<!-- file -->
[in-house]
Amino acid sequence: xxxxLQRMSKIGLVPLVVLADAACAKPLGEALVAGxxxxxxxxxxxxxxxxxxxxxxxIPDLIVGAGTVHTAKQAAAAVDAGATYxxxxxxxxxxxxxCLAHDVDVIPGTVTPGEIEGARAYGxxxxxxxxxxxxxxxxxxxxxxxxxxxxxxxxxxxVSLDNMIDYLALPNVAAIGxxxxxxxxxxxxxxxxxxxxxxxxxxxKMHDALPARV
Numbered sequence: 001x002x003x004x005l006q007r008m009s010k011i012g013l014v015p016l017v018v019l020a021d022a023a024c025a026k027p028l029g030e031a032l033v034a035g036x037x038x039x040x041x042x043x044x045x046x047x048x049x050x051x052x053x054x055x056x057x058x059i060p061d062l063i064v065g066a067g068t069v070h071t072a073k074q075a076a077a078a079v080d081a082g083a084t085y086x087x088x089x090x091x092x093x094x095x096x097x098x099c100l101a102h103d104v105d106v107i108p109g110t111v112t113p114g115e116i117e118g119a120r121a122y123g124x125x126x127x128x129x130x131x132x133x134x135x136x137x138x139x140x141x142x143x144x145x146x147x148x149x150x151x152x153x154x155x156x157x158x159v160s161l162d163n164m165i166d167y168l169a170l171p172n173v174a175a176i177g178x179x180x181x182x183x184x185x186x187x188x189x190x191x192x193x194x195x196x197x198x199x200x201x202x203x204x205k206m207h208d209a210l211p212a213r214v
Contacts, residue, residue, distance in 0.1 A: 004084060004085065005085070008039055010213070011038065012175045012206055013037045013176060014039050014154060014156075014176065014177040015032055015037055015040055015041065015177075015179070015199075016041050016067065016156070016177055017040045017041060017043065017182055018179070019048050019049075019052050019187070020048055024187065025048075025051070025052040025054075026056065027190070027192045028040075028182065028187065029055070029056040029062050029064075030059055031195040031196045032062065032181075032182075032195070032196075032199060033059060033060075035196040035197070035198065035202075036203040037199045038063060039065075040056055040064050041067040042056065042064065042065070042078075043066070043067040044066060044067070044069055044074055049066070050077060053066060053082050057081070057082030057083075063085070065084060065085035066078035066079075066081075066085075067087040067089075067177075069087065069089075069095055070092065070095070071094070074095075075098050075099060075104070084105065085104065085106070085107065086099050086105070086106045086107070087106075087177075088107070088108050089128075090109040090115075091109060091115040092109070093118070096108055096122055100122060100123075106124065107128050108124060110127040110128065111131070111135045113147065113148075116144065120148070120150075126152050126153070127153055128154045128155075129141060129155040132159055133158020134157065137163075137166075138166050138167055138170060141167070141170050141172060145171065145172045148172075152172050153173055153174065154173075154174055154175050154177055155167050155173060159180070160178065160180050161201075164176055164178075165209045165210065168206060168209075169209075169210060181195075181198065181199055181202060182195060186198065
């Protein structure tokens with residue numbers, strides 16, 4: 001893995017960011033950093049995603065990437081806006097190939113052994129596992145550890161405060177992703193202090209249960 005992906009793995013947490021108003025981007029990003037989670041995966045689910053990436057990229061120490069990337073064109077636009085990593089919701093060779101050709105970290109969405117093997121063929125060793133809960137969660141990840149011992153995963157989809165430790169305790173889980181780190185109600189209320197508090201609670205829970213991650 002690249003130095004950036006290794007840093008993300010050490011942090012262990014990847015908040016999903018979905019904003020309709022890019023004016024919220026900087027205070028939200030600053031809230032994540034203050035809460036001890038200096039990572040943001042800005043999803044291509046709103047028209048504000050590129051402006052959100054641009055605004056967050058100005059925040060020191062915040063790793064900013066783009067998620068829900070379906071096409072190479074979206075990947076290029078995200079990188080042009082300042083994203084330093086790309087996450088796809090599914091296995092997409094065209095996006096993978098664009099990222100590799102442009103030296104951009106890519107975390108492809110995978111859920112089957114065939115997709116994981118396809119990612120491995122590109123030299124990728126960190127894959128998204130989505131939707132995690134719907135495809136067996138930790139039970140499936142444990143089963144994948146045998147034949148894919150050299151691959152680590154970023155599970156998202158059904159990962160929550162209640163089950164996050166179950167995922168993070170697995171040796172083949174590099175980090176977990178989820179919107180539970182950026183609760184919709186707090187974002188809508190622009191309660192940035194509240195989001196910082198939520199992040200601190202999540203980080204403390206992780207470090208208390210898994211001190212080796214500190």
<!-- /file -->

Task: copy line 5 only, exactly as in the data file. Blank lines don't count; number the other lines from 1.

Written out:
């Protein structure tokens with residue numbers, strides 16, 4: 001893995017960011033950093049995603065990437081806006097190939113052994129596992145550890161405060177992703193202090209249960 005992906009793995013947490021108003025981007029990003037989670041995966045689910053990436057990229061120490069990337073064109077636009085990593089919701093060779101050709105970290109969405117093997121063929125060793133809960137969660141990840149011992153995963157989809165430790169305790173889980181780190185109600189209320197508090201609670205829970213991650 002690249003130095004950036006290794007840093008993300010050490011942090012262990014990847015908040016999903018979905019904003020309709022890019023004016024919220026900087027205070028939200030600053031809230032994540034203050035809460036001890038200096039990572040943001042800005043999803044291509046709103047028209048504000050590129051402006052959100054641009055605004056967050058100005059925040060020191062915040063790793064900013066783009067998620068829900070379906071096409072190479074979206075990947076290029078995200079990188080042009082300042083994203084330093086790309087996450088796809090599914091296995092997409094065209095996006096993978098664009099990222100590799102442009103030296104951009106890519107975390108492809110995978111859920112089957114065939115997709116994981118396809119990612120491995122590109123030299124990728126960190127894959128998204130989505131939707132995690134719907135495809136067996138930790139039970140499936142444990143089963144994948146045998147034949148894919150050299151691959152680590154970023155599970156998202158059904159990962160929550162209640163089950164996050166179950167995922168993070170697995171040796172083949174590099175980090176977990178989820179919107180539970182950026183609760184919709186707090187974002188809508190622009191309660192940035194509240195989001196910082198939520199992040200601190202999540203980080204403390206992780207470090208208390210898994211001190212080796214500190």